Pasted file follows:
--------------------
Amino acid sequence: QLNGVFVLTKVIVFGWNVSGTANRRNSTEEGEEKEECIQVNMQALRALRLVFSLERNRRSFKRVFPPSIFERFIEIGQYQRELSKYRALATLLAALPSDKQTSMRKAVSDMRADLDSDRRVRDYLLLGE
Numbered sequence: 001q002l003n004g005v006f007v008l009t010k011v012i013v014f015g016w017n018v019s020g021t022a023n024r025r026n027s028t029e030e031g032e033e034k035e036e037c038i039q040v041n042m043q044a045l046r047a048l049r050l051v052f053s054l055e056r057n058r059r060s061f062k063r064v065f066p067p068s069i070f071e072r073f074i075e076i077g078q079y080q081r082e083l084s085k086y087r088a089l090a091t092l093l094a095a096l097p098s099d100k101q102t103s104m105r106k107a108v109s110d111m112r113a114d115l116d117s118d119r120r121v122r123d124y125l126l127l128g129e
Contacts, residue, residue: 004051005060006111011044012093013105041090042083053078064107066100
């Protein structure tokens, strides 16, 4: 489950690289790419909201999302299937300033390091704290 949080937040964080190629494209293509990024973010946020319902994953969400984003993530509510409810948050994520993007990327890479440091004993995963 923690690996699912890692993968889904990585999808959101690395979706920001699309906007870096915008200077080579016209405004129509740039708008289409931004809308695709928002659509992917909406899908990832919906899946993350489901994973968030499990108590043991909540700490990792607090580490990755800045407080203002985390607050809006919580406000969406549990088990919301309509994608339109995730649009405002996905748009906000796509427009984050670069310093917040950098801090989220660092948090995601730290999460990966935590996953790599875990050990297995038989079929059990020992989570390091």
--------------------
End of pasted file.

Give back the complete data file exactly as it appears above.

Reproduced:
Amino acid sequence: QLNGVFVLTKVIVFGWNVSGTANRRNSTEEGEEKEECIQVNMQALRALRLVFSLERNRRSFKRVFPPSIFERFIEIGQYQRELSKYRALATLLAALPSDKQTSMRKAVSDMRADLDSDRRVRDYLLLGE
Numbered sequence: 001q002l003n004g005v006f007v008l009t010k011v012i013v014f015g016w017n018v019s020g021t022a023n024r025r026n027s028t029e030e031g032e033e034k035e036e037c038i039q040v041n042m043q044a045l046r047a048l049r050l051v052f053s054l055e056r057n058r059r060s061f062k063r064v065f066p067p068s069i070f071e072r073f074i075e076i077g078q079y080q081r082e083l084s085k086y087r088a089l090a091t092l093l094a095a096l097p098s099d100k101q102t103s104m105r106k107a108v109s110d111m112r113a114d115l116d117s118d119r120r121v122r123d124y125l126l127l128g129e
Contacts, residue, residue: 004051005060006111011044012093013105041090042083053078064107066100
């Protein structure tokens, strides 16, 4: 489950690289790419909201999302299937300033390091704290 949080937040964080190629494209293509990024973010946020319902994953969400984003993530509510409810948050994520993007990327890479440091004993995963 923690690996699912890692993968889904990585999808959101690395979706920001699309906007870096915008200077080579016209405004129509740039708008289409931004809308695709928002659509992917909406899908990832919906899946993350489901994973968030499990108590043991909540700490990792607090580490990755800045407080203002985390607050809006919580406000969406549990088990919301309509994608339109995730649009405002996905748009906000796509427009984050670069310093917040950098801090989220660092948090995601730290999460990966935590996953790599875990050990297995038989079929059990020992989570390091």